At the same time I have totally forgotten the why and the how of so many rituals. When I try to pray anything fancy about healing or spiritual warfare, I can’t get out anything beyond, “Help, God.” or  “Please, God.” I say a lot more stuff to Him than that, actually I say all of the things to him, but I no longer understand why we concoct prayers that sound like magical incantations.

Last winter when I got this strong feeling that I needed a sabbatical I also sensed God giving me a heads up that this season (that I’ve just walked through) wouldn’t be any easier than the last season when I was piled under an unmanageable amount of stress. When I say I “walked through” this sabbatical what I really mean is I’ve crawled through, often just laying on my face in the mud pouring out of my heart.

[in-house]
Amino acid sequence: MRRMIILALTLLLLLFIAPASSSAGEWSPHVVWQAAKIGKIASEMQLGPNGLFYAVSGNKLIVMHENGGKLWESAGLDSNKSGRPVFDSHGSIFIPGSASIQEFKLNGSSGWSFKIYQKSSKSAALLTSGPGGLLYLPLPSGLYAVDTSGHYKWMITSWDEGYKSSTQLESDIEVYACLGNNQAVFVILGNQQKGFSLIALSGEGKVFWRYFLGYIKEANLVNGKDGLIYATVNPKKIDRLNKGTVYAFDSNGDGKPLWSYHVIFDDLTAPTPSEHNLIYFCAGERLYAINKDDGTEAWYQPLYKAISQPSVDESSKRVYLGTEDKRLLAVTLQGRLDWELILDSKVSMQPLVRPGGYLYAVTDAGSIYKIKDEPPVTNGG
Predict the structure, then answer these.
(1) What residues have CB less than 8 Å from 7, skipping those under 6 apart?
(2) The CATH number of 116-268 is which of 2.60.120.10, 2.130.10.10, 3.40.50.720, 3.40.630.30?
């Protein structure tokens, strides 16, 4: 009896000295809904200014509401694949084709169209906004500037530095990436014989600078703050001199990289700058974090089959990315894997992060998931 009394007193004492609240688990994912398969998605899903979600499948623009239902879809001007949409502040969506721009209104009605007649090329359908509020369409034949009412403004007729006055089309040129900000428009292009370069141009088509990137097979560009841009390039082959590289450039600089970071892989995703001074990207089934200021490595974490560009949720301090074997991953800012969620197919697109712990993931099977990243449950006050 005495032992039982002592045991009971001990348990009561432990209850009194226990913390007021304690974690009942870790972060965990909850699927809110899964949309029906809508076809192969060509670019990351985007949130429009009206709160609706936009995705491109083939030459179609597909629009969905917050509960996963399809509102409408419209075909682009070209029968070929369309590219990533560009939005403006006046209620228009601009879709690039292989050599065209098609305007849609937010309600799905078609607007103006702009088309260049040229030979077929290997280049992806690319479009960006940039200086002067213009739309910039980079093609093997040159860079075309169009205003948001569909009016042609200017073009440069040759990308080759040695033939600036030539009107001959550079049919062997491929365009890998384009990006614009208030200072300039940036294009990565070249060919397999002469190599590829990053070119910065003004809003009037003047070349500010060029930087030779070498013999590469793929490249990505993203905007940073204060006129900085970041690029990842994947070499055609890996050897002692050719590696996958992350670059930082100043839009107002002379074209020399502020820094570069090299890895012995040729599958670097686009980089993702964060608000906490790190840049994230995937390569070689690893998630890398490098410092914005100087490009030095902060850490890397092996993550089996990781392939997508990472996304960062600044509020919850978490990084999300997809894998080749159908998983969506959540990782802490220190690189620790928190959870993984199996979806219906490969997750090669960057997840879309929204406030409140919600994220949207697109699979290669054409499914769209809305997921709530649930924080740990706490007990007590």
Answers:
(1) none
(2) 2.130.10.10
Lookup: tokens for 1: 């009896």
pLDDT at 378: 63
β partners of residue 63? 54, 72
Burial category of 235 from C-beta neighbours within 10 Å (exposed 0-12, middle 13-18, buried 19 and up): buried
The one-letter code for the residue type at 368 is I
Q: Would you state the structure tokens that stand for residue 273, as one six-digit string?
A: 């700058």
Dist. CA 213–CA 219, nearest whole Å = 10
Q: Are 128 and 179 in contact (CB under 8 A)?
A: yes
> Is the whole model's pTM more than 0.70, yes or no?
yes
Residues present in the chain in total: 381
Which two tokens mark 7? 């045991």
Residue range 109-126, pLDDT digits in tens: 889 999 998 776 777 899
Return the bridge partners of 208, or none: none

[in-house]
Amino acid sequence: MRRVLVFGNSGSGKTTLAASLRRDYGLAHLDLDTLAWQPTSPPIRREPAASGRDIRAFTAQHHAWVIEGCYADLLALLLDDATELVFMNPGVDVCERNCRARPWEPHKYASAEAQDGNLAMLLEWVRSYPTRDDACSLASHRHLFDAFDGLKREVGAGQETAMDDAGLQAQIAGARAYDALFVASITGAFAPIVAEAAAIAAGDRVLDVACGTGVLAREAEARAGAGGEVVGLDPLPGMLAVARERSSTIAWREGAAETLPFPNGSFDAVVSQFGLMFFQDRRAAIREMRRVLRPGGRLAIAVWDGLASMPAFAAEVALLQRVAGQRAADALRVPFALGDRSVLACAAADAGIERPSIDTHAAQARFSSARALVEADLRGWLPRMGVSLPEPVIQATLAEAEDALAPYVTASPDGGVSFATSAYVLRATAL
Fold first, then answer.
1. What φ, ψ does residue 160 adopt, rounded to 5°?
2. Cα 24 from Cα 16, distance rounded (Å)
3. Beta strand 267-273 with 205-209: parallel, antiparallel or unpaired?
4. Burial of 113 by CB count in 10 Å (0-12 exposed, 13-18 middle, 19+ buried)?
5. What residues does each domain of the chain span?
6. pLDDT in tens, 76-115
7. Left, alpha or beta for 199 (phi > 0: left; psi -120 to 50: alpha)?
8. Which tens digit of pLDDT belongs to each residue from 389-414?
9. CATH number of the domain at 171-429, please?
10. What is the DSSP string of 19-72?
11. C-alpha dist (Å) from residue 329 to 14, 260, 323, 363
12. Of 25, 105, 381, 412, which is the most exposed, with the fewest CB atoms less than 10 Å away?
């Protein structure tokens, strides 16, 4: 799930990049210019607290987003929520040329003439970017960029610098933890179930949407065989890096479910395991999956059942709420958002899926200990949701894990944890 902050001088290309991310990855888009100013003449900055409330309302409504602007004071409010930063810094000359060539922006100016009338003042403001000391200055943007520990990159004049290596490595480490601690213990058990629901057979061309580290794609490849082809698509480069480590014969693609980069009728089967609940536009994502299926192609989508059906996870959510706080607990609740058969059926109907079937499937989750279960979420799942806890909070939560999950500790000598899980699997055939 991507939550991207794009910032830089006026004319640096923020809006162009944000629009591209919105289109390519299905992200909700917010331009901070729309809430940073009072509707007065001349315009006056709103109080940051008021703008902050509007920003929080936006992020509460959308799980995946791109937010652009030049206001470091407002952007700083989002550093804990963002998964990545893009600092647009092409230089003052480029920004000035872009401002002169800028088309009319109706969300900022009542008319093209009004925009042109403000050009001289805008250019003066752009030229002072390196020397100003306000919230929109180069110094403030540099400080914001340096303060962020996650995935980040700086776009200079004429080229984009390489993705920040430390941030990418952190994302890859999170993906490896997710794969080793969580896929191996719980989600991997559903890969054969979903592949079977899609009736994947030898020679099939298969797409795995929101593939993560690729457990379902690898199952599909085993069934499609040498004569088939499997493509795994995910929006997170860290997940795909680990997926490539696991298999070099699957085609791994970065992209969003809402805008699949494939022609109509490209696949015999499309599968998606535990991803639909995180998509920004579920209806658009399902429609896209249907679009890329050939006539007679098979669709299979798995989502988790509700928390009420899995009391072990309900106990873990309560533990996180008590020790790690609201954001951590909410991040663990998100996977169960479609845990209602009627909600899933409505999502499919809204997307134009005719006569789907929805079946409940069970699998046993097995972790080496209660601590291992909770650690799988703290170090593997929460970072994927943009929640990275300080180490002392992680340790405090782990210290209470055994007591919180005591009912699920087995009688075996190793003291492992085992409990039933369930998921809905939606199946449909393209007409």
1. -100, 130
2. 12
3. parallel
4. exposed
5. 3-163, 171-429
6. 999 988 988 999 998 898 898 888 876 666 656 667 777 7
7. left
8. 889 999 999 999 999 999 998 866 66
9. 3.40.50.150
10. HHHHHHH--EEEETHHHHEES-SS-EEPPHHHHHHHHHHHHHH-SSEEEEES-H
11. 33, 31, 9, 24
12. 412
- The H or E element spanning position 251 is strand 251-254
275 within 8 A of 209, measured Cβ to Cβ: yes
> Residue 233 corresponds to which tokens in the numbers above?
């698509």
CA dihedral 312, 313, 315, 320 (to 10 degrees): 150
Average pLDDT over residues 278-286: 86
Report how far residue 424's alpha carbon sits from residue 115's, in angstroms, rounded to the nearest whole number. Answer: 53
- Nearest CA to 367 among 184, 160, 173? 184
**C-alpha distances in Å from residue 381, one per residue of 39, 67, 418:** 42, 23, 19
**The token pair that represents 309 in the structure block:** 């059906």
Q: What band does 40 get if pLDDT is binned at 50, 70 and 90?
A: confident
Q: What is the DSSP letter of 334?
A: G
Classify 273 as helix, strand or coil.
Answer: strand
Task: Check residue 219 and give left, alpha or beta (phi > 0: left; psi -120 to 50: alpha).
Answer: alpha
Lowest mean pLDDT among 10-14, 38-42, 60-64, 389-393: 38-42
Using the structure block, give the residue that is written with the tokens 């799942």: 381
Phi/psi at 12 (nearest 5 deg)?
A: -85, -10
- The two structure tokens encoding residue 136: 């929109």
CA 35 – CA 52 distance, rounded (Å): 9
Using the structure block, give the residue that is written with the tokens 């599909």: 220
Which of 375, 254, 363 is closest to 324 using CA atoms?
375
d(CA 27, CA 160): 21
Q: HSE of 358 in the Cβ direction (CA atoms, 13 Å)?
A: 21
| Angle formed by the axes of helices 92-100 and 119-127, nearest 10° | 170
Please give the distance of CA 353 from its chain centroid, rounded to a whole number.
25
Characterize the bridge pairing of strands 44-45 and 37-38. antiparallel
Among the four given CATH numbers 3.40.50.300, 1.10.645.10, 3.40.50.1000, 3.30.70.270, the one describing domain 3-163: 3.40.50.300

I’m super broken, guys…

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A Lantern of Hope

Several days ago I asked God to show me how he is working in my life. As you could probably ascertain from my last blog post, I’ve been having a hard time seeing this. Being able to admit what I did in the last post is one of his answers and then something that happened yesterday, which I now share:

All day I was feeling the pointlessness of my existence. This wasn’t situational, necessarily.  It wasn’t a “big day,”  other than the rambling, normal celebration of a friend’s birthday. I had spent all day with these friends chatting, eating, staring off into space, being entertained by their children, taking photos with my cell phone…